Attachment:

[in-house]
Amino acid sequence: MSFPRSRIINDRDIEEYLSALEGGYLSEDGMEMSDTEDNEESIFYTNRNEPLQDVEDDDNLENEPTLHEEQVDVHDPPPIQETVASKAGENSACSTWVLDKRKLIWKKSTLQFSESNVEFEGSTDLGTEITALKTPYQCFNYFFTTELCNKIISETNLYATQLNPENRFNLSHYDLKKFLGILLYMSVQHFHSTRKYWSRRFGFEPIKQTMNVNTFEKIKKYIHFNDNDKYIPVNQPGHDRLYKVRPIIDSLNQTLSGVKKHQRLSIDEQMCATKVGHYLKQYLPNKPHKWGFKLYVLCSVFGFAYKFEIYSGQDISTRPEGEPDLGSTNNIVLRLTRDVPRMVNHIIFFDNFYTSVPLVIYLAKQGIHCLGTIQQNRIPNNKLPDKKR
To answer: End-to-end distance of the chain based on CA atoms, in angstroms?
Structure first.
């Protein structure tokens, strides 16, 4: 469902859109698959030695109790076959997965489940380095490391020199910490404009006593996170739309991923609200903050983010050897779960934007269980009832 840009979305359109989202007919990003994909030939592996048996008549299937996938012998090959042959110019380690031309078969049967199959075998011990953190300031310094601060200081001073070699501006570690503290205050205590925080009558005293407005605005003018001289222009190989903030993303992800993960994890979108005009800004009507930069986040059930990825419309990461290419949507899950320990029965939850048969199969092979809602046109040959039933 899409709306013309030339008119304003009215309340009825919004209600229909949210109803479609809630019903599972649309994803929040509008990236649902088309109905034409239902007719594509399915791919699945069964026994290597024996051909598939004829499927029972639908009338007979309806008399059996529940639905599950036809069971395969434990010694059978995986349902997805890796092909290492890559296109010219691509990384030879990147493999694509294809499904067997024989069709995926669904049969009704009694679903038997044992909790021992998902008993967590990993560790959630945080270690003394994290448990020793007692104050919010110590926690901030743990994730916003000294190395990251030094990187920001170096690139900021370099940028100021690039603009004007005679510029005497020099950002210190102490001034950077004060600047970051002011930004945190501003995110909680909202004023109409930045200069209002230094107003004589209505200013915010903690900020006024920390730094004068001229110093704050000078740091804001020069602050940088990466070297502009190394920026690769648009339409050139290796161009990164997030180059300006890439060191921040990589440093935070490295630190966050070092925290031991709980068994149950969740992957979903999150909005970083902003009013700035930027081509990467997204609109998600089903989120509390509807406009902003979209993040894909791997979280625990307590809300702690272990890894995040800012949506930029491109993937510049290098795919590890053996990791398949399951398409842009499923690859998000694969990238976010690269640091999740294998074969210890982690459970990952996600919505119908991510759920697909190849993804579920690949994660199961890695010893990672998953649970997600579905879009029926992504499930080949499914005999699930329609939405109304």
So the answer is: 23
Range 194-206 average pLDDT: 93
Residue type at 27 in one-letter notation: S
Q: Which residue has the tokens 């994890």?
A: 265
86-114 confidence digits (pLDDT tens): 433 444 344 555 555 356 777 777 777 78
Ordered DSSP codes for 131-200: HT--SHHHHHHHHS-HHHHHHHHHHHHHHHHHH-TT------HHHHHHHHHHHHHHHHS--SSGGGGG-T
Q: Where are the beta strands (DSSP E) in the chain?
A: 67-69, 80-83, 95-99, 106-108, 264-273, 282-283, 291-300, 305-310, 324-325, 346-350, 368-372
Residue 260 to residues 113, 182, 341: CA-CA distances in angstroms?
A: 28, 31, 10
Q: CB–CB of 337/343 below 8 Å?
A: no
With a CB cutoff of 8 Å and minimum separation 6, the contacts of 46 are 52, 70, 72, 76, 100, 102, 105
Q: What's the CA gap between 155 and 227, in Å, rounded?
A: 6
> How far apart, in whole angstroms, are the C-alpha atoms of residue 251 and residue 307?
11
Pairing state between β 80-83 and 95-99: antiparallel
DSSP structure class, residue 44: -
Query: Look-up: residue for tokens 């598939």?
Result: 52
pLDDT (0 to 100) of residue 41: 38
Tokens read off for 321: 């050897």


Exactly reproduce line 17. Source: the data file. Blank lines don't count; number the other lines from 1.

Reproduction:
Q: CB–CB of 337/343 below 8 Å?